The Hundred Dresses Writing Project

The Hundred Dresses Writing Project

Have you ever felt like an outsider or experienced bullying? If so, then The Hundred Dresses by Eleanor Estes is a book you won’t want to miss.

Published in 1944, this beloved children’s book tells the story of Wanda Petronski, a young Polish immigrant. She is teased by her classmates for wearing the same faded blue dress to school every day. Wanda tells her classmates that she has a hundred beautiful dresses at home, but her classmates don’t believe her. When Wanda suddenly moves away, her classmates learn a valuable lesson.

With its timeless themes of friendship, acceptance, and compassion, The Hundred Dresses is a powerful and moving story.  So pick up this classic book and join Wanda and her classmates on a journey of self-discovery and understanding.

Teaching Ideas for The Hundred Dresses

Book Unit Samples

The Hundred Dresses Novel Study Samples

This sample includes:

  • Vocabulary Practice for Chapter 1 
  • Comprehension Questions for Chapter 1
  • Constructed Response Question – Character Map

Teaching Idea #1  – Audio Book

Teaching Idea #2  – Setting 

The Hundred Dresses Teaching Ideas

The book was published in 1944 during World War II. This was a time when many immigrants were facing discrimination. Use the book to discuss the historical context of the story and how it relates to today’s world. Encourage students to research different immigrant groups and their experiences in the United States.

Teaching Idea #3 – Anti-Bullying Activities

The Hundred Dresses Teaching Ideas

Use the book to launch an anti-bullying campaign in your classroom or school. Have students create posters, skits, or videos that promote kindness, acceptance, and empathy. 

Student Project – Designing a Dress

A number of years ago, I had my students complete a drawing/writing project with monsters. Students drew a monster and colored it. They had to keep their drawings secret. No one was to see them until the “reveal.”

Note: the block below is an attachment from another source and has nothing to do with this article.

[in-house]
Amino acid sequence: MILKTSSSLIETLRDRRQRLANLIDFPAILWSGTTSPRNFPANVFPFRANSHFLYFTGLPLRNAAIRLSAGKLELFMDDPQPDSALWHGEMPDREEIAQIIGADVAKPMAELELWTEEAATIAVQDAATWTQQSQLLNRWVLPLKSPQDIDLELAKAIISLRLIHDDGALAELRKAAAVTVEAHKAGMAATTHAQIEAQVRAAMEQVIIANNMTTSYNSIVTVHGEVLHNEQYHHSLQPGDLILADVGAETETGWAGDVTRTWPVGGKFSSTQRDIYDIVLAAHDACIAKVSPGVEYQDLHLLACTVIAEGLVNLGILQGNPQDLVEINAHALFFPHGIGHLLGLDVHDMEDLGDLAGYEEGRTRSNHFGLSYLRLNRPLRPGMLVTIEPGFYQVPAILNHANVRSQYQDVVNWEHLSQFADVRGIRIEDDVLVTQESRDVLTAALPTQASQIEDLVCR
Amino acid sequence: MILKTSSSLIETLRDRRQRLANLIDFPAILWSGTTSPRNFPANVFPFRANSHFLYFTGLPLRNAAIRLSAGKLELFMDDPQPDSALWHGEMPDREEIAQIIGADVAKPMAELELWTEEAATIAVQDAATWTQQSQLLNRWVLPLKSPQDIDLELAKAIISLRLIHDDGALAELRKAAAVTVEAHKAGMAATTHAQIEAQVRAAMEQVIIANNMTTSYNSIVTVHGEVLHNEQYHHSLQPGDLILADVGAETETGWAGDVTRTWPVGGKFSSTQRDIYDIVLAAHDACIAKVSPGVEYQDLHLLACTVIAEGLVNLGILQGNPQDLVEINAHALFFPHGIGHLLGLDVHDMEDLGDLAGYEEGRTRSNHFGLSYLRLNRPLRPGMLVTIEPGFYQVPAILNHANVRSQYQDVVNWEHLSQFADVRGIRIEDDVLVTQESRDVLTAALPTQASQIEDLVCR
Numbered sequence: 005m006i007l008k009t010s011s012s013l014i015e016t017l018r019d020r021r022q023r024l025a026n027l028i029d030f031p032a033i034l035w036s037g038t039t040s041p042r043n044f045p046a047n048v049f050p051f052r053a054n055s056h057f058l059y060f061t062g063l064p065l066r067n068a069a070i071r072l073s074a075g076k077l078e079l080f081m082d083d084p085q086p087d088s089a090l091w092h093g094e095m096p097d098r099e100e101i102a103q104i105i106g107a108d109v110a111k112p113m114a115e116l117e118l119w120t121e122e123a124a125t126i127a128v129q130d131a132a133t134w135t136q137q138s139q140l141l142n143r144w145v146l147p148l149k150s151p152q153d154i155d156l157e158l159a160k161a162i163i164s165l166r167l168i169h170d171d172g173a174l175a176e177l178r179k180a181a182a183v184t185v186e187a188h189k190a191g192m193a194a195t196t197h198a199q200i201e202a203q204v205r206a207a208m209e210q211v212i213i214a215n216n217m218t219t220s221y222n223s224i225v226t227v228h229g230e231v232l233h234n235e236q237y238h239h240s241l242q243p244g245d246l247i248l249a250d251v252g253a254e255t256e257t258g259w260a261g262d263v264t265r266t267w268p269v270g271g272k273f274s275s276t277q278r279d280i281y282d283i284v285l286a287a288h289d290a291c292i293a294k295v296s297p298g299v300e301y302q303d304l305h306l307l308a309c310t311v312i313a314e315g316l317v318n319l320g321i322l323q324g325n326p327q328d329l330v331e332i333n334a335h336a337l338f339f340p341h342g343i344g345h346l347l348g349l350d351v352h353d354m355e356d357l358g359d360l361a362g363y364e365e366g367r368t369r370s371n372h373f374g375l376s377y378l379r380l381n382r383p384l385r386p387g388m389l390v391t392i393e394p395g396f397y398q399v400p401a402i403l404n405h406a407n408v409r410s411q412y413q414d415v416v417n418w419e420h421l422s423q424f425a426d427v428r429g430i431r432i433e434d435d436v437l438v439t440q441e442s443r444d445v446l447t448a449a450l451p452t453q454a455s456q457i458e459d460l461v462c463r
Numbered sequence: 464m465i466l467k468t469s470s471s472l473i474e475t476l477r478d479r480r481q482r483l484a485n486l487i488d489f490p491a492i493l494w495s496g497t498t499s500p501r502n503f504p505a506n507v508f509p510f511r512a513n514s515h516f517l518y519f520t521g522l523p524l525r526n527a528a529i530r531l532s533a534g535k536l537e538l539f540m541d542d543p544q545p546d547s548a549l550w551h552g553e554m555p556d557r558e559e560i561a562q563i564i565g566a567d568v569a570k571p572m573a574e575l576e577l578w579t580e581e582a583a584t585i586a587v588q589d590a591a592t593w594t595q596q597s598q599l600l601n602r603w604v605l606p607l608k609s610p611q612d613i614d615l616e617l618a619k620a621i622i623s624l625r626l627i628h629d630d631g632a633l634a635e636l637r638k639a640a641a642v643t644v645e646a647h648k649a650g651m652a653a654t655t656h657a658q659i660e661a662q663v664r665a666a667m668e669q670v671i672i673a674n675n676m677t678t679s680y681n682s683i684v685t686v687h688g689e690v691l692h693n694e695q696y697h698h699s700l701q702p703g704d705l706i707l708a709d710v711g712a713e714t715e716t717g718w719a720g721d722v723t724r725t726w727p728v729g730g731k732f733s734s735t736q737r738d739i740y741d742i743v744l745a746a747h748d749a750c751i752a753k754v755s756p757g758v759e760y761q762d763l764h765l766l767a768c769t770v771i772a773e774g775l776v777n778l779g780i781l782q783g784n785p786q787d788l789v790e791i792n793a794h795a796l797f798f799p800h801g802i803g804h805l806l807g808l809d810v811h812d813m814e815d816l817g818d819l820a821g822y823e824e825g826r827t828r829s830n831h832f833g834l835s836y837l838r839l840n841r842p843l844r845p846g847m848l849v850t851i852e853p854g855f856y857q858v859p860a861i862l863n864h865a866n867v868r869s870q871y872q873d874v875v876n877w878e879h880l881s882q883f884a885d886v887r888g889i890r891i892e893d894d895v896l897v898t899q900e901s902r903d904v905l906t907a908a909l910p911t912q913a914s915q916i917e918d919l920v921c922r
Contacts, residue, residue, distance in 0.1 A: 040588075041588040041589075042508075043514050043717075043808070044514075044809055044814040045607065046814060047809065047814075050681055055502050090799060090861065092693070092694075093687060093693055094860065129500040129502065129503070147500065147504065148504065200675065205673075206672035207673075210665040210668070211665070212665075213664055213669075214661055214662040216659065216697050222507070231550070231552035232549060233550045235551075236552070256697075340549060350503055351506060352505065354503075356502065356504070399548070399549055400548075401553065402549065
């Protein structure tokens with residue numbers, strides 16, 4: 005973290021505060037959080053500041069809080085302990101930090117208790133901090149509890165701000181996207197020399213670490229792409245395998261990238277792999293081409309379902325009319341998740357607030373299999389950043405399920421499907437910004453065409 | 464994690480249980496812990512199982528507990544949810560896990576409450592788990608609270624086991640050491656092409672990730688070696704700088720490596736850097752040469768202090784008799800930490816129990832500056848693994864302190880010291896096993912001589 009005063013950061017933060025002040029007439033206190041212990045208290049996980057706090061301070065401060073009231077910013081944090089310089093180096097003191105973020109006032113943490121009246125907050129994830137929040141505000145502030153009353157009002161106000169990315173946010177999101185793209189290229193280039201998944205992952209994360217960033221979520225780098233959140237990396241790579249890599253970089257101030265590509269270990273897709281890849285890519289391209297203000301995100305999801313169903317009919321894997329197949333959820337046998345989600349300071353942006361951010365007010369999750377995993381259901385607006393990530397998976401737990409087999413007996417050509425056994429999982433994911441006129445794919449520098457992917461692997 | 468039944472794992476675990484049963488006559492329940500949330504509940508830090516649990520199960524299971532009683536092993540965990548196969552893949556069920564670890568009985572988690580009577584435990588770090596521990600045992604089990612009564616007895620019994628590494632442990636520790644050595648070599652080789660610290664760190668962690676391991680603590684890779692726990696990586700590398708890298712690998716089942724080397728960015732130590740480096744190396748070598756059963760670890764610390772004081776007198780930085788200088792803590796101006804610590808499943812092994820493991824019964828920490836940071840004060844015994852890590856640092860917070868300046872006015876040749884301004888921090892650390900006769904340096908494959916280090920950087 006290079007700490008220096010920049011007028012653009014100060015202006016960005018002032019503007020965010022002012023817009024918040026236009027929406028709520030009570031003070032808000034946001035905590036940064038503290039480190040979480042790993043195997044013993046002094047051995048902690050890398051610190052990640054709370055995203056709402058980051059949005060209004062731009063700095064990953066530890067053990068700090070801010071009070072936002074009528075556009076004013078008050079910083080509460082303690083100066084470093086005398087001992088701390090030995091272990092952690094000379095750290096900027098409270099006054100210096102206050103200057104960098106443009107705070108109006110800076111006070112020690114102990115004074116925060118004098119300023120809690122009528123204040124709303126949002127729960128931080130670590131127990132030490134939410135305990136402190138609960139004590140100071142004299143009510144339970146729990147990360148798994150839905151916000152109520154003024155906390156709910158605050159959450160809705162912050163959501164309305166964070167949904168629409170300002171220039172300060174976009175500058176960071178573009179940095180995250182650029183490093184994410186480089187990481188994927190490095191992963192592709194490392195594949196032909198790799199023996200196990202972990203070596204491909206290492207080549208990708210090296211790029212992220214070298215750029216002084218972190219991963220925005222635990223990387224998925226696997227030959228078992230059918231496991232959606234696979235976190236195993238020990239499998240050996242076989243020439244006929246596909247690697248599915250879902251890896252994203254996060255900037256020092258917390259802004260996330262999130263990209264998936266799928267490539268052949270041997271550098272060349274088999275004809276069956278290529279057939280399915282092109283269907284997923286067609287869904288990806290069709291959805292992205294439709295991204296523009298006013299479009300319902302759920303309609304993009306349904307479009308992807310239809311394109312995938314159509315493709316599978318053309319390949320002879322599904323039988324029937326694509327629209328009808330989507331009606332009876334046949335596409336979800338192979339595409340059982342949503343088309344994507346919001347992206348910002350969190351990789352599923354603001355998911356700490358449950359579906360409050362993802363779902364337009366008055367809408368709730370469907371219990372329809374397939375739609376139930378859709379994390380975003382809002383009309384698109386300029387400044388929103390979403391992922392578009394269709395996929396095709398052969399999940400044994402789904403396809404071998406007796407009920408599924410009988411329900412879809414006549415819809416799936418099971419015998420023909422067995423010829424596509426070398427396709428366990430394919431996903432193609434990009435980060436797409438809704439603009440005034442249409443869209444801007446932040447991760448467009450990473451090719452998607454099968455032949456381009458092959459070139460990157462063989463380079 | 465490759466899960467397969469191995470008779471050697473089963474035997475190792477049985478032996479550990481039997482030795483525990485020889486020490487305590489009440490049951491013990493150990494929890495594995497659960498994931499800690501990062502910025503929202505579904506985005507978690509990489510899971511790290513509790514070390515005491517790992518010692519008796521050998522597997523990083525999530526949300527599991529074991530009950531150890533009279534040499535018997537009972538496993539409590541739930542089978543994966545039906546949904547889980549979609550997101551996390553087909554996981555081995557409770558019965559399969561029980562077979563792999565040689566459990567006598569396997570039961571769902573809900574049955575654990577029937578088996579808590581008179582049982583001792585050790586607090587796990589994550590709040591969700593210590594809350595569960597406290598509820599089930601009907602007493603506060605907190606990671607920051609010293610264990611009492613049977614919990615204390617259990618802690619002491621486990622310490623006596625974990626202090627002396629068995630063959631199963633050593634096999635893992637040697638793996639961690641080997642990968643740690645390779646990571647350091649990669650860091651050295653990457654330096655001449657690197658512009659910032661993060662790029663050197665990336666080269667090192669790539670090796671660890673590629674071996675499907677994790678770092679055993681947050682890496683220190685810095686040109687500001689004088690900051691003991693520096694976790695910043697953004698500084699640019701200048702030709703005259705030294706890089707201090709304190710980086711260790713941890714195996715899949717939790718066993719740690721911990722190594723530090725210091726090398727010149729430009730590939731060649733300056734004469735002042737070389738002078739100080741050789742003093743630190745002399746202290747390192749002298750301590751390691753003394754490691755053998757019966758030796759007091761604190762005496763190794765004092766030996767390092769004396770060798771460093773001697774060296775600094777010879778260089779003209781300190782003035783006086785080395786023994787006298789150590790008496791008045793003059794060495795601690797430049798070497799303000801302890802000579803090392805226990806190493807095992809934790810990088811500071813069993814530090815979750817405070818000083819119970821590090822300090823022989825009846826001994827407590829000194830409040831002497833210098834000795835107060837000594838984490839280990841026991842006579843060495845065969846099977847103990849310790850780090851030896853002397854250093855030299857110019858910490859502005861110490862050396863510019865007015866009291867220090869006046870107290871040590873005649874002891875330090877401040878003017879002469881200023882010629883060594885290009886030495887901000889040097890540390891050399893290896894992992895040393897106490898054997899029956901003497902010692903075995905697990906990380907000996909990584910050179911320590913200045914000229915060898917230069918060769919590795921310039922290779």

Students then had to write detailed instructions for another person to follow to draw the exact same monster. Next, students exchanged instructions and drew a second monster based on the instructions alone. Then, students revealed their original monster drawings. Students compared the two drawings to determine if the instructions gave a clear “picture” of the monster.

The project was a lot of fun. It was a real eye-opener for many students whose instructions were not clear.

What does this have to do with The Hundred Dresses

The Hundred Dresses Teaching Ideas

As I was creating The Hundred Dresses Book Unit, I thought this type of drawing/writing project would be a great activity to do with this unit, only with dresses instead of monsters. I asked the students (girls only) to keep their dress patterns very simple to make the instructions easier to write. Here are a couple of the results:

Dress #1

The Hundred Dresses Teaching Ideas

Overview: The dress is a sleeveless knee-length with a wide waistband. It zips up the back. The left and right sides are described as if you are wearing the dress. 

The top bodice is made of two overlapping layers. The left side begins at the left shoulder in a three-inch piece and crosses over the front to the waistband where it is about twelve inches wide. The right side does the same. It begins at the right shoulder in a narrow piece and crosses on top of the left side in a diagonal to the waistband. The two pieces of the top make the neck form a V-shape.

The waistband is about six inches tall. It goes from the natural waist up. A decorative bow, shaped like a man’s bow tie, is on the center of the waistband on the left side.

An A-shaped skirt that is slightly gathered at the waist falls below the waistband to the knees.

The dress is a medium blue color with a contrasting waistband in purple. The bow is also purple. 

Dress #2

The Hundred Dresses Teaching Ideas

This dress is all emerald green. The choker neck is made with large green beads. The top goes from the choker to the waist in a plain sleeveless shape.

The bottom part of the dress is two layers that go from the waist down. The underlayer goes all the way to the floor. The top layer goes from the waist to the knees. The layers are gathered at the waist and flow out in a sweeping shape. If you were to twirl, the layers are big enough to stand out from the body. 

See the product that inspired this post.

The Hundred Dresses Novel Study

The Hundred Dresses Book Unit contains graphic organizers for an interactive notebook and game activities. Vocabulary, comprehension, constructed response writing, and skill practice are all included.

Gay Miller

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